Should Massachusetts move to a single payer health care system?
James B. Eldridge
State senator, Acton Democrat
Misinformation is easy to spread, and it takes years to undo its damage. For over two decades, people who take money from big pharmaceutical and health insurance companies have actively waged a war on single payer health care systems, such as Medicare for All.
Consequently, instead of passing bold, comprehensive reform that makes access to quality health care a universal right, we have nationally focused our efforts on a patchwork of bills. We’ve tried forcing more health conditions and medical treatments to be covered by health insurance plans. We’ve expanded Medicaid to ensure that more low-income residents have access to care. And, of course, we’ve passed legislation mandating that everyone be insured.
Despite these efforts, health care costs keep rising for individuals, families, and businesses, while access remains a problem for many Americans who forego treatment because of high co-pays, or are denied necessary preventative procedures by health insurance companies. As a result, millions of Americans end up with crippling medical debt when they need life-saving care. That’s because the multibillion-dollar private health insurance industry always finds ways to skirt any patchwork laws to maximize their earnings at the expense of working families. Moving to Medicare for All is the only way to ensure we all have access to quality care, and we should set an example in the Commonwealth by implementing a single payer system in our state.
Medicare for All would remove profit-driven health insurance companies as the barrier between patients and providers, and instead allow the government to reimburse health care providers directly. Administrative costs for hospitals, businesses, and municipalities would decrease. It would also end the practice of needing to ask an insurance company for permission before seeking care.
Over 70 percent of Americans — including 52 percent of Republicans — support Medicare for All, according to a Reuters–Ipsos survey. This critical reform would guarantee access to health care services regardless of age, income, place of work, or pre-existing conditions. Medicare is already cost effective, and our most popular health care program. Expanding it to include all Americans will allow us to achieve the health care goals we share. As a national leader on health care reform, Massachusetts should again lead the way by passing Medicare for All legislation.
Senior Fellow in Healthcare at Pioneer Institute, a Boston-based think tank; Quincy resident
The idea of moving all Massachusetts residents to a government-run health care system is currently in vogue. Yet single-payer programs require trade-offs that I believe the public largely opposes.
Single-payer plans typically are at least partially funded by taking money currently dedicated to Medicare and using it to help pay for the government-run plan. They can also require huge new taxes on employers, redirecting revenue from the 64 percent of residents with private insurance to state officials, who would decide what kind of care we all receive.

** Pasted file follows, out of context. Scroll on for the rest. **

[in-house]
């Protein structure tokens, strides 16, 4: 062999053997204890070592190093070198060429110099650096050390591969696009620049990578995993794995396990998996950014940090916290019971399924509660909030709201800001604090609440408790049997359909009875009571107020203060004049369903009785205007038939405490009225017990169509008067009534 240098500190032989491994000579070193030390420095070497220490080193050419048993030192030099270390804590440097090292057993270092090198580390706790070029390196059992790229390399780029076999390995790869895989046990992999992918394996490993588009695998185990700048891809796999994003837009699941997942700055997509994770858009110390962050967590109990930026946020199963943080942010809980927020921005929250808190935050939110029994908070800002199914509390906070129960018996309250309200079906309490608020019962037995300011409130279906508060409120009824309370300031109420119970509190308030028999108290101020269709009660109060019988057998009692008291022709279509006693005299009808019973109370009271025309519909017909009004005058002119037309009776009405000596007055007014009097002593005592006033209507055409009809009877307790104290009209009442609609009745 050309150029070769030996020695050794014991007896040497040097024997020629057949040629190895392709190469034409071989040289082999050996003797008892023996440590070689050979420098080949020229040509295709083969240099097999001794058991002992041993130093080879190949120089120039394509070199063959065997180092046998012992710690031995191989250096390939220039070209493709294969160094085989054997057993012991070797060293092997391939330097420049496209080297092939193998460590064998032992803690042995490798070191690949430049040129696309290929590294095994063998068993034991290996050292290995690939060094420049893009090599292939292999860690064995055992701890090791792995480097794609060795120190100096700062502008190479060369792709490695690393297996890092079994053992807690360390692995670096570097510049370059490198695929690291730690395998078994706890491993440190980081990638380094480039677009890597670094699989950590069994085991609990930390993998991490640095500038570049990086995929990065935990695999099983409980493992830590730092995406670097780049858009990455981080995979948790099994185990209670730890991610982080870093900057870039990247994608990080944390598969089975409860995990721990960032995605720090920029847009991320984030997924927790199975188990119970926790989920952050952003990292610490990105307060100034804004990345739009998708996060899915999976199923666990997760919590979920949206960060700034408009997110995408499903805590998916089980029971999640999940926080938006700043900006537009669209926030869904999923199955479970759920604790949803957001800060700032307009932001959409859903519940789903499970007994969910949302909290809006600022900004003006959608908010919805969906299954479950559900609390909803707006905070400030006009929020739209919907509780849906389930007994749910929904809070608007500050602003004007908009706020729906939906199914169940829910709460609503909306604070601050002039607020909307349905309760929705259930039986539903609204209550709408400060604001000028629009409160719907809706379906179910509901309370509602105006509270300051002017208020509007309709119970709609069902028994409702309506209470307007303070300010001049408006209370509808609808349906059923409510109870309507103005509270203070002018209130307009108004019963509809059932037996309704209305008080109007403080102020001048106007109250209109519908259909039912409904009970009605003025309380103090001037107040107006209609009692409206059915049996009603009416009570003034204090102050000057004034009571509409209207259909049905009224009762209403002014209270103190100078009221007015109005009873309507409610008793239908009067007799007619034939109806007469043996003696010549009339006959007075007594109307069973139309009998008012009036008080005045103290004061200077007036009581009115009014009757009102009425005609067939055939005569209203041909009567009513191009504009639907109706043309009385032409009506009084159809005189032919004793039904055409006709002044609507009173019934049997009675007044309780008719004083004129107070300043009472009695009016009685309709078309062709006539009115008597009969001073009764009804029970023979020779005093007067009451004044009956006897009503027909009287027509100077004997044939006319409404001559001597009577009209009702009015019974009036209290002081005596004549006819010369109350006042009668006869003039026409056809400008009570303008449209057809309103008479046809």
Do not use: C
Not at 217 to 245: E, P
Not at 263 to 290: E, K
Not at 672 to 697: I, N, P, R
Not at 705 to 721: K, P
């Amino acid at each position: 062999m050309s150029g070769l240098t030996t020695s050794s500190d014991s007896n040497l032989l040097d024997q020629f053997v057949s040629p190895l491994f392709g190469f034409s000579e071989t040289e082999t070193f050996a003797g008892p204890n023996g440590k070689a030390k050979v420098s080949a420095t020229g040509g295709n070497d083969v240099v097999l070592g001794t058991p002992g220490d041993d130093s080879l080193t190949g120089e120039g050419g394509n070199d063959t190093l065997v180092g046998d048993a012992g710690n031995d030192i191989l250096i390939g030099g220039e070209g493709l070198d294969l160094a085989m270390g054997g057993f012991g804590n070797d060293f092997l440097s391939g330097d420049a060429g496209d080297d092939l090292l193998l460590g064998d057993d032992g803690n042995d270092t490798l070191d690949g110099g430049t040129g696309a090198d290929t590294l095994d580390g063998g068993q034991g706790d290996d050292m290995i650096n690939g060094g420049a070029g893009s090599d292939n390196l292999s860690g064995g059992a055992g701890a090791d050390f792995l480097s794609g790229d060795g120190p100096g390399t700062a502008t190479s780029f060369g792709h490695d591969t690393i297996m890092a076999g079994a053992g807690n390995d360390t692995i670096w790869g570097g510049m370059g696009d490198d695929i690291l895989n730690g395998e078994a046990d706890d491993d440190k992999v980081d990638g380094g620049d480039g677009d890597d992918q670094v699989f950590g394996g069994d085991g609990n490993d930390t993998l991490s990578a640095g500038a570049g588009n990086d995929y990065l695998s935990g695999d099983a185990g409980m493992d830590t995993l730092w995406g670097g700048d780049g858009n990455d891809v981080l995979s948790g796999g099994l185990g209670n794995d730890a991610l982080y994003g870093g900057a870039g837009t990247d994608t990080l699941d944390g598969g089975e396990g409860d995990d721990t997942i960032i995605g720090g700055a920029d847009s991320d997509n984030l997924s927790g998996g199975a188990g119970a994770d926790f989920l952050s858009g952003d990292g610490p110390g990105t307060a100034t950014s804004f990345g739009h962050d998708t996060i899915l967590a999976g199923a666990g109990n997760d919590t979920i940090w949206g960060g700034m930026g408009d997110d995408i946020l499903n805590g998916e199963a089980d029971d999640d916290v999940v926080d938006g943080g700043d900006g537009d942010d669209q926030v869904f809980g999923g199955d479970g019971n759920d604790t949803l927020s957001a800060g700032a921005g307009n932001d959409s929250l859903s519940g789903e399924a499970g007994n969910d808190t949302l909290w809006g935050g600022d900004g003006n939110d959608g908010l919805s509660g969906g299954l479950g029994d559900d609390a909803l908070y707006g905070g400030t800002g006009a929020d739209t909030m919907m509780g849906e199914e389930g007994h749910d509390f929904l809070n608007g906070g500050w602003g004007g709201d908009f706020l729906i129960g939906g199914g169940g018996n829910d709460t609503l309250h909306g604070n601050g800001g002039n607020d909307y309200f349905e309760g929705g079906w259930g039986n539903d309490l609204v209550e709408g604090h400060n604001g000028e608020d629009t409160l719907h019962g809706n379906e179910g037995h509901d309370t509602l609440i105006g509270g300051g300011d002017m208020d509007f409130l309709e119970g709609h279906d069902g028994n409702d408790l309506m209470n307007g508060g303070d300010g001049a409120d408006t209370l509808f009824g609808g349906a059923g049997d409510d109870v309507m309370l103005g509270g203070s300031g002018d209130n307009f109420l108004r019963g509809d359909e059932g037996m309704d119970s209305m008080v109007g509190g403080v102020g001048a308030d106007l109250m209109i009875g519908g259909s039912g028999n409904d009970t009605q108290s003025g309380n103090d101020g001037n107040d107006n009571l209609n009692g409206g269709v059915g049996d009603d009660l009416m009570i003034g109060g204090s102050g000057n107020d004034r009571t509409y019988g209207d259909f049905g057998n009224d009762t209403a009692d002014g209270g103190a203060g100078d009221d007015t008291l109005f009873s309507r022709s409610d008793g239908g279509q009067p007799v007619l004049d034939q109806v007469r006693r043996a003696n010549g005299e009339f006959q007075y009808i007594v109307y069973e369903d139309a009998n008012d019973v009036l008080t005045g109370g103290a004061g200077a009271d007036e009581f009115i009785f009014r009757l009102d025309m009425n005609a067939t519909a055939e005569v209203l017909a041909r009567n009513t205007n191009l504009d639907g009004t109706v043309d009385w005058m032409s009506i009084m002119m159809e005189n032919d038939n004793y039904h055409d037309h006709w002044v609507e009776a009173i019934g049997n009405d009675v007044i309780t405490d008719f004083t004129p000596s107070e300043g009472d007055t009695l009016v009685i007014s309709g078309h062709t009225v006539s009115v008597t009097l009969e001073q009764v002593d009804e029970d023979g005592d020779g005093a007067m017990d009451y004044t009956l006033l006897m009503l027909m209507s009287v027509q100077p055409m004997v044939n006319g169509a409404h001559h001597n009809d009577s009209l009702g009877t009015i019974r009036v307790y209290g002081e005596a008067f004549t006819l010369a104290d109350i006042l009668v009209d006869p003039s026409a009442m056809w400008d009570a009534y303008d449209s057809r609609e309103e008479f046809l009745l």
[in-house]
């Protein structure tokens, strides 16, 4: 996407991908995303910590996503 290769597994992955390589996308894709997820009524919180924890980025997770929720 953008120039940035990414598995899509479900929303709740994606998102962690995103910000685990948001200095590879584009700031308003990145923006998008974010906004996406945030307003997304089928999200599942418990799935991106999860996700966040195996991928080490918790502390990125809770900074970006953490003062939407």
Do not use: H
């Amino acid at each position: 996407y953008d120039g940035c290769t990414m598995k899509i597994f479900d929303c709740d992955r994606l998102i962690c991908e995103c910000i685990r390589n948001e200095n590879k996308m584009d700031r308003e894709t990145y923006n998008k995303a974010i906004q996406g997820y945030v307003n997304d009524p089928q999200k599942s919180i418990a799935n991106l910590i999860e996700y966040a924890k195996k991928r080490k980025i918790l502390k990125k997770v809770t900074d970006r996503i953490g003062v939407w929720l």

In Massachusetts, those state officials, who already run MassHealth for the low-income and disabled, don’t have a great track record. That program now accounts for 40 percent of the state budget, crowding out spending on education and public safety. It “saves” money by paying providers low rates, but as a result, access to health care is a serious issue in parts of the state, based on data provided in 2013 by the Massachusetts Medical Society. This would become the reality for all residents, not just Medicaid recipients.
Perhaps that’s why efforts to launch statewide single-payer programs in Colorado and Vermont have fallen flat.
Single-payer would leave public officials with limited options when health care costs rise. One is rationing care, which results in longer waits and fewer services, and would translate to seniors and individuals who rely on Medicare competing with able-bodied adults for limited resources and appointments. In Canada, the median wait time for medically necessary treatment is over 21 weeks, according to the Fraser Institute.
Medicare is already facing financial struggles. Actuaries for The Centers for Medicare and Medicaid Services have noted that unless changes are made, beneficiaries will face access and quality issues. Expanding this structure would only exacerbate those issues.
Finally, Massachusetts has for years been a leader in health care innovation. We can kiss that goodbye if everyone is on lower-paying government-run care.
Health care is too expensive, in my view, because of excessive government regulations and mandates, and too little transparency and competition. Rather than single-payer, we should pay patients to shop for high-quality, low-cost options; remove regulations that prevent better and cheaper services; and demand full transparency.
This is not a scientific poll. Please vote only once.